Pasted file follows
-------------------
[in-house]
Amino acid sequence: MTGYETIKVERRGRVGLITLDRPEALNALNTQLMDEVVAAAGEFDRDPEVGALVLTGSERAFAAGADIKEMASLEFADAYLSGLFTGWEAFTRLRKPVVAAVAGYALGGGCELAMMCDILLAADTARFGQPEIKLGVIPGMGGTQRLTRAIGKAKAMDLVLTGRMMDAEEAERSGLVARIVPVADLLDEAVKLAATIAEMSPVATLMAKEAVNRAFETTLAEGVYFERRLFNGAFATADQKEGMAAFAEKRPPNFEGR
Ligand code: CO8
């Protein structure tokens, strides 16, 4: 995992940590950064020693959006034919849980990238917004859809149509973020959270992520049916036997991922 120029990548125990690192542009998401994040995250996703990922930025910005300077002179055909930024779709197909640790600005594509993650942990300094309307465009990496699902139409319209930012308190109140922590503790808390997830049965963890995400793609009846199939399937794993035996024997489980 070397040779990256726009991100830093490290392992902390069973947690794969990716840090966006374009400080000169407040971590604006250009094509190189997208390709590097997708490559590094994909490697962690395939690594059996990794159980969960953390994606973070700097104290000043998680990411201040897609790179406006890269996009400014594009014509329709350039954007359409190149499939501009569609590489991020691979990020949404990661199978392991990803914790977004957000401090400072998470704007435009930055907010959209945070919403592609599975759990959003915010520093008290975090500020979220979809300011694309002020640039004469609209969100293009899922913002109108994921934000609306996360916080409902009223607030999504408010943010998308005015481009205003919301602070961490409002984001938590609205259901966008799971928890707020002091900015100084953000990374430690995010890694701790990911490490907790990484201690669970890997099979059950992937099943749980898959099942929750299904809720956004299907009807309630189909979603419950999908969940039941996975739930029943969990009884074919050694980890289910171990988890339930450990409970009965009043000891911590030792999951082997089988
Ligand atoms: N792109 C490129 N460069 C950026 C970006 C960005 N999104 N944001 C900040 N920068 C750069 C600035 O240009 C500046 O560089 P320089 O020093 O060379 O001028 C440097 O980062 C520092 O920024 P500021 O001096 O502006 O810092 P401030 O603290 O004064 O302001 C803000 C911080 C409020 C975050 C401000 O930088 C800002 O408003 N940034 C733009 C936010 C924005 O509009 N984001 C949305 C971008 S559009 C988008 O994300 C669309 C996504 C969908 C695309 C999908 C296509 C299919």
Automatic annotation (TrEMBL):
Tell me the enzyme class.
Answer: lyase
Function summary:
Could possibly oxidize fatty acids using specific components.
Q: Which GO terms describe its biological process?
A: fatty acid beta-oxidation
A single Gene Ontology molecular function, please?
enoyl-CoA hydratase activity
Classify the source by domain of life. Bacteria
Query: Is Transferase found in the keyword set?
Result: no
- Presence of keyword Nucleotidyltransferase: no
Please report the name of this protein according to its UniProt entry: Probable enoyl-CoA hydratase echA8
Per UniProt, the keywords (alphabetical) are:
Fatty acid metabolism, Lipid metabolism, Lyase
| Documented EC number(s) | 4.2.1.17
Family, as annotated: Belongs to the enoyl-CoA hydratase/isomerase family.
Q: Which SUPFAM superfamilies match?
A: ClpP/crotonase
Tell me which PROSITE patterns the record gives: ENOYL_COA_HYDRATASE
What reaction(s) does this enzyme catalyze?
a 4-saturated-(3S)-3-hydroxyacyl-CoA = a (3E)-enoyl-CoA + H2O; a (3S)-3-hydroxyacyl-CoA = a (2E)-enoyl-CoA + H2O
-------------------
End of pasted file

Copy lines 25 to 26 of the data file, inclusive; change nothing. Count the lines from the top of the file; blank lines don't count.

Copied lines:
A: ClpP/crotonase
Tell me which PROSITE patterns the record gives: ENOYL_COA_HYDRATASE